Exploratory study of the effects of intra-uterine growth retardation and neonatal energy supplementation of low birth-weight piglets on their post-weaning cognitive abilities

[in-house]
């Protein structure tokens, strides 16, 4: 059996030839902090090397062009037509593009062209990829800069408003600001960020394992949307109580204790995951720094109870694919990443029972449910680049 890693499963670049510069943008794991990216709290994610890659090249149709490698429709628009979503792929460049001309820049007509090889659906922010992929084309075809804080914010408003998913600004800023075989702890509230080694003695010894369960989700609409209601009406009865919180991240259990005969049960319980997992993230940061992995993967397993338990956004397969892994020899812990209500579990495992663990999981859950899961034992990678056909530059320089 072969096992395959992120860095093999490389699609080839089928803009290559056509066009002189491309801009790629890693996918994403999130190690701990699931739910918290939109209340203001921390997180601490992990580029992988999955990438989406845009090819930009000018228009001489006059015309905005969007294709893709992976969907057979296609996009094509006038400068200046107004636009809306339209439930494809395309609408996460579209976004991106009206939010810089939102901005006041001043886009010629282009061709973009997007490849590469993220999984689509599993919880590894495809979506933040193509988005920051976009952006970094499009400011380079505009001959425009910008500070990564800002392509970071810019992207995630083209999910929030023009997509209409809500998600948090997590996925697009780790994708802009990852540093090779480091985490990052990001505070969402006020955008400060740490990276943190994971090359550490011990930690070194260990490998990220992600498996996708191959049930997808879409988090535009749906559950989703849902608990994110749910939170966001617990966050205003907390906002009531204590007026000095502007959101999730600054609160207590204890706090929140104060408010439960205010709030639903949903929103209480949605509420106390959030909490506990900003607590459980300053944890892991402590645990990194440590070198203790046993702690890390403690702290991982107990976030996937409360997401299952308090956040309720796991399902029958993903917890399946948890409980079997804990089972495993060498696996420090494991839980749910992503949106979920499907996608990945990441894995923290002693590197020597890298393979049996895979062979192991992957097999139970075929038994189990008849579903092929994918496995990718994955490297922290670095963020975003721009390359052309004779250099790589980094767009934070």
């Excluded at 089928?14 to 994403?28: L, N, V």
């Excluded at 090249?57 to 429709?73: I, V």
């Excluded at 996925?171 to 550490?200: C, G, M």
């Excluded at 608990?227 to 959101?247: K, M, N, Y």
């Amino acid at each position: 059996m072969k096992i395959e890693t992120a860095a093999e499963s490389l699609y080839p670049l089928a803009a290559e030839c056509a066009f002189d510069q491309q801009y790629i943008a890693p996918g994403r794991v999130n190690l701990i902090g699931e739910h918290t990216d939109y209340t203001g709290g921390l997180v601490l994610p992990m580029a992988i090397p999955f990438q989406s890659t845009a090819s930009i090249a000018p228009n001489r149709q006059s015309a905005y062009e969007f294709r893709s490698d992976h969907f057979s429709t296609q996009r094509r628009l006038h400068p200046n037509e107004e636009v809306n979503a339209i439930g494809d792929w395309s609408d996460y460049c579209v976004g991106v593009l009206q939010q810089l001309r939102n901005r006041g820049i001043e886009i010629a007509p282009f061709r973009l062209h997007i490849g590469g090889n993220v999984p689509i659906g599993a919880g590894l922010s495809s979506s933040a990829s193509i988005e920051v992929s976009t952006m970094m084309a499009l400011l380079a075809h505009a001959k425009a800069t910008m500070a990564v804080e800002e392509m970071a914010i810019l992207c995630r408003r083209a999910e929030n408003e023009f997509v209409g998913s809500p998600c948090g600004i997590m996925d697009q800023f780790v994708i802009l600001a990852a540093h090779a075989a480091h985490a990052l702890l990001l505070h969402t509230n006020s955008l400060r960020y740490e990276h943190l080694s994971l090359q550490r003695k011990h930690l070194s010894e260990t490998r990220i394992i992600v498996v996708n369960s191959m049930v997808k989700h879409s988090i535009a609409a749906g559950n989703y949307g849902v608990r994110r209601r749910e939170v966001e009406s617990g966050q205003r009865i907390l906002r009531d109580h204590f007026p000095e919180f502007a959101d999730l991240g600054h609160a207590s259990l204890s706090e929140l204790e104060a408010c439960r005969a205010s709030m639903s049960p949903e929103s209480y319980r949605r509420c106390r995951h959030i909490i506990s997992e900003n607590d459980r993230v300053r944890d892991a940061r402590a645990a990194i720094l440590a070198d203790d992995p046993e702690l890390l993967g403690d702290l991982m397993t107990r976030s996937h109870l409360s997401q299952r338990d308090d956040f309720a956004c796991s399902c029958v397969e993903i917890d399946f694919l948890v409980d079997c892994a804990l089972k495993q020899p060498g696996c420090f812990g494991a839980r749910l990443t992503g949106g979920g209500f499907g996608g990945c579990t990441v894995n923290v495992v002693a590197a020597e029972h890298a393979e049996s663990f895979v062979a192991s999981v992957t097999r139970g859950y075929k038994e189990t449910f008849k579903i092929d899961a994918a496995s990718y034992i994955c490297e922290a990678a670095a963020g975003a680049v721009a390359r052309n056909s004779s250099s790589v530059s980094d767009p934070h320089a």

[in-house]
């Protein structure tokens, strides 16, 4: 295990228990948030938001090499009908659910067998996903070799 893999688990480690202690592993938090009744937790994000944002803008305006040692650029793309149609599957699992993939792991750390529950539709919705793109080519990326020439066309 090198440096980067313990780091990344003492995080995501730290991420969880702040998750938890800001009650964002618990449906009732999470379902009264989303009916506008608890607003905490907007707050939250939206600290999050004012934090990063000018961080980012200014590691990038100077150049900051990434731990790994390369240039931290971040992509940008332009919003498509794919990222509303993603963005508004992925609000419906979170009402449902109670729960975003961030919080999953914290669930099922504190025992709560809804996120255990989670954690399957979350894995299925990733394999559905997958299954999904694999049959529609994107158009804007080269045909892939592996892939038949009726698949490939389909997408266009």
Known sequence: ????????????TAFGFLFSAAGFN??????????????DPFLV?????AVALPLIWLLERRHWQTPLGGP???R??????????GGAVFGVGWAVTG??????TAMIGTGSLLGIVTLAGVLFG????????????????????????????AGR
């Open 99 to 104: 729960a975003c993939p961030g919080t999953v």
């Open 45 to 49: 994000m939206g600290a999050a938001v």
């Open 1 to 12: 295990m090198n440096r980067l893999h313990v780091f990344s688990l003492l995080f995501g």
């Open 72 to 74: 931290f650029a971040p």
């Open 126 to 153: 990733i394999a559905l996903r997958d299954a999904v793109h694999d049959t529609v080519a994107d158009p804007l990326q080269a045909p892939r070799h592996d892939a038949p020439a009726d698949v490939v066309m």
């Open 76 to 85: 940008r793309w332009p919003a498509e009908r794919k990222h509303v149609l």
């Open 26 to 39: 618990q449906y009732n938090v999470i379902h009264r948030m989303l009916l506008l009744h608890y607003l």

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The present study investigated the effects of intra-uterine growth retardation (IUGR, score 0–3; i.e., “normal” to “severe”) level at birth, and the effects of neonatal energy supplementation (dosed with 2 ml of coconut oil, commercial product or water, or sham-dosed), on post-weaning cognitive abilities of low birth-weight piglets (< 1.1 kg). In total, 184 piglets were recruited at weaning (27 ± 0.1 days) for habituation to the test procedures, and were either tested for spatial learning and memory in a T-maze (n = 42; 37 ± 0.5 days) or for short-term memory in a spontaneous object recognition task (SORT; n = 47; 41 ± 0.3 days). Neonatal supplementation did not affect performances of pigs in the T-maze task or SORT. IUGR3 pigs tended to be faster to enter the reward arm and to obtain the reward in the reversal step of the T-Maze task, suggesting a better learning flexibility, compared to IUGR1 (entry t72.8=2.9, P = 0.024; reward t80 = 3.28, P = 0.008) and IUGR2 (entry t70.3=2.5, P = 0.068; reward t73.9 = 2.77, P = 0.034) pigs. However, a higher percentage of IUGR1 pigs tended to approach the novel object first (DSCF-value = 3.07; P = 0.076) and to interact with it more (t40 = 2.19, P = 0.085), relative to IGUR3 pigs. IUGR1 pigs showed a strong preference for the novel object, as they had a greater percentage time difference interacting with the objects when the novel object was presented (t81 = − 3.41, P = 0.013). In conclusion, some low birth-weight piglets are able to perform a spatial task and an object recognition test, but performances in these tests may be modulated by IUGR level.
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